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Fifth Alabamian infected with mosquito-borne Chikungunya virus

A Jefferson County, Ala., woman has become the fifth Alabamian to contract the mosquito-borne Chikungunya virus, and state health officials are cautiously concerned that the disease may become a problem in the United States if the trend continues. The Cikungunya virus is spread by the Asian Tiger mosquito, which is prevalent in the Caribbean, Asia and Africa. The mosquitoes have been traveling just off the American coast but have not yet reached the United States. The first Alabamian to develop Cikungunya likely contracted the virus while visiting Haiti. The virus causes symptoms such as fever, headaches, severe joint pain and rash. It ... Read More

Johnson & Johnson recalls 32 million packs of birth control pills

Johnson & Johnson has issued another massive recall, this time on 32 million packages of birth control pills because of a flaw that could cause unplanned pregnancies. The oral contraceptives are sold in 43 countries around the world, but not in the United States. This recall is one of about 40 the consumer health product giant has issued on everything from over-the-counter medications to artificial hips since 2009. The recall was initiated because quality tests performed on the drugs showed one of the two hormones in the pills was releasing slower than it should. The company said the risk of ... Read More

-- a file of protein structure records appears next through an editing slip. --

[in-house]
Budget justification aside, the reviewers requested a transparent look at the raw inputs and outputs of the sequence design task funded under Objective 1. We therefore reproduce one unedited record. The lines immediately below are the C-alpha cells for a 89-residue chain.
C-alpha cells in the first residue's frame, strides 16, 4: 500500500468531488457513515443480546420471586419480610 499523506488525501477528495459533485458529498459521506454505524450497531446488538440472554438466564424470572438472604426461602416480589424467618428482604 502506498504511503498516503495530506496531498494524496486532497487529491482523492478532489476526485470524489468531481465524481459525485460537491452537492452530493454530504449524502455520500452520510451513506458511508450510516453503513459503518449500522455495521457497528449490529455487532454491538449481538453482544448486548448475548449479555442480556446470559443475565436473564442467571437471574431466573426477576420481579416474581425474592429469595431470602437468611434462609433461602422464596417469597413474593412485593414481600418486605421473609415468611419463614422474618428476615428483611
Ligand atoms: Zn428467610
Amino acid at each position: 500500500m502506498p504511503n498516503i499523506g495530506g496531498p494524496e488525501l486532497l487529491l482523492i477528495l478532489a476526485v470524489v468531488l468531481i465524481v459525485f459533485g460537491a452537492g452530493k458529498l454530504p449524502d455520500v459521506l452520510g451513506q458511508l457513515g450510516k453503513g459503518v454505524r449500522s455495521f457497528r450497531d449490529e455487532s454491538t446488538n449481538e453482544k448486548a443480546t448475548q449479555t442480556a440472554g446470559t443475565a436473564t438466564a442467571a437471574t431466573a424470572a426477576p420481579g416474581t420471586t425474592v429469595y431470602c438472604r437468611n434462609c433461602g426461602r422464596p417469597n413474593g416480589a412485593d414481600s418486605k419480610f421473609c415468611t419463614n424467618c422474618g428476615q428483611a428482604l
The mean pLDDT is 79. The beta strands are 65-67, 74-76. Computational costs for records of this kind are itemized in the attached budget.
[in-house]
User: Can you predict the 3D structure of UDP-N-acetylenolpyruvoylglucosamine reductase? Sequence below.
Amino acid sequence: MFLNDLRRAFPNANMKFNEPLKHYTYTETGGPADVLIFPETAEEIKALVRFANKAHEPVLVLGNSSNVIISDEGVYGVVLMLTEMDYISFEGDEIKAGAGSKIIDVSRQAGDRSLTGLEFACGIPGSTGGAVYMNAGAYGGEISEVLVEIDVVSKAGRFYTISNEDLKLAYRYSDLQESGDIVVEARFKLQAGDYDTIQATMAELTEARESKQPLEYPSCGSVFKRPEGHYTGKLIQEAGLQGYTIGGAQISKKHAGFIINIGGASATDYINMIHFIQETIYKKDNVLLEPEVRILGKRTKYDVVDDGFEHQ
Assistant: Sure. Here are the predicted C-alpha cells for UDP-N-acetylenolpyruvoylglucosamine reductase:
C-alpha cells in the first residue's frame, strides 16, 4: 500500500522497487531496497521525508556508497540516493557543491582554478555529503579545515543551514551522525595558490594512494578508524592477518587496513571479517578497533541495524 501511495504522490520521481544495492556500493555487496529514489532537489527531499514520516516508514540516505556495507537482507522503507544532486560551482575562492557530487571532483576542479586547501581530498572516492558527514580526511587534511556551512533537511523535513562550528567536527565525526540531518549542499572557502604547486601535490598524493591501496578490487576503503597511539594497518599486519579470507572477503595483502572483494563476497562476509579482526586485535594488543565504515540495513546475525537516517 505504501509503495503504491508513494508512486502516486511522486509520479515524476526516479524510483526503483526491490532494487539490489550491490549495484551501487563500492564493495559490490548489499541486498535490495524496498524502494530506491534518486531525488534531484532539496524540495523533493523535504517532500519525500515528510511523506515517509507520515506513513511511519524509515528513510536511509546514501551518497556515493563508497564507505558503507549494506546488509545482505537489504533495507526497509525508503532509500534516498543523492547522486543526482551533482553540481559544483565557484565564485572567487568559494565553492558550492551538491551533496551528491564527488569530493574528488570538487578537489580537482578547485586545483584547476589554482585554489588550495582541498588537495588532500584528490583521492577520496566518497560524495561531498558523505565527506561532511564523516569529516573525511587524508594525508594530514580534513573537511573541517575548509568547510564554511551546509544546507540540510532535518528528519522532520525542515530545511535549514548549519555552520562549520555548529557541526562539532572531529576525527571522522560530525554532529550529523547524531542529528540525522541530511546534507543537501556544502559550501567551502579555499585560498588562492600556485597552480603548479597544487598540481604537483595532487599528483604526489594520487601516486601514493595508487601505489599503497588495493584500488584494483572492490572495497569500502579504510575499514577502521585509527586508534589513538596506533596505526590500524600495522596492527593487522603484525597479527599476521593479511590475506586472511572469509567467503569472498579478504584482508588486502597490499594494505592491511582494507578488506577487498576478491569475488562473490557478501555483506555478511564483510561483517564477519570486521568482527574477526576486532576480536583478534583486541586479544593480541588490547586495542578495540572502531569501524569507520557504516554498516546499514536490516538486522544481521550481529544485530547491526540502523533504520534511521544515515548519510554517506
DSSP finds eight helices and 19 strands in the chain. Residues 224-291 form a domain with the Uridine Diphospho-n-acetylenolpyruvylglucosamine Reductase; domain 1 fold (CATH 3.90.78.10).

Lawmakers call for rule requiring drugs be made in U.S.

Lawmakers’ concern over the U.S. becoming too reliant on foreign countries to produce drugs are calling for a rule to require certain drugs to be made or stockpiled in the U.S., according to the New York Times. The Times quotes Sen. Sherrod Brown of Ohio as saying that relying on other countries to produce our country’s medicines opens the door to “supply disruptions, counterfeit medicines, even bio-terrorism.” Such is the case with the blood thinner heparin, which last year was the focus of much scrutiny when 80 Americans died and hundreds more were sickened after receiving doses of heparin manufactured ... Read More

Europeans now dependent on China for Panadol, Tylenol

Rhodia SA, a leading producer of paracentamol drugs Panadol and Tylenol, will close its factory in France this week, leaving Europe completely dependent on imports for that drug, according to Bloomberg. Rhodia says it is dropping out of the $800 million paracentamol business because of stiff competition from Asian producers who can export the same product at a fraction of the cost. The news is a double-blow for Europeans, not only for the 43 employees who lost their jobs, but for consumers who have expressed concerns about the quality of drugs and other products made and manufactured in China. Products ... Read More

Researchers find new method to detect contaminant in heparin

Researchers have come up with an easy and effective method to detect contaminates in heparin, according to the Times of the Internet. A research team led from the University of Michigan and led by Mark Meyerhoff uses potentiometric polyanion sensors to detect heparin in blood. These sensors also can be used to distinguish pure heparin from heparin contaminated with small quantities of oversulfated chondroitin sulfate. This new method is easier and less expensive than analytical methods used previously, such as nuclear magnetic resonance and capillary electrophoresis. Meyerhoff and his team detailed the research in the journal of Analytical Chemistry. Oversulfated ... Read More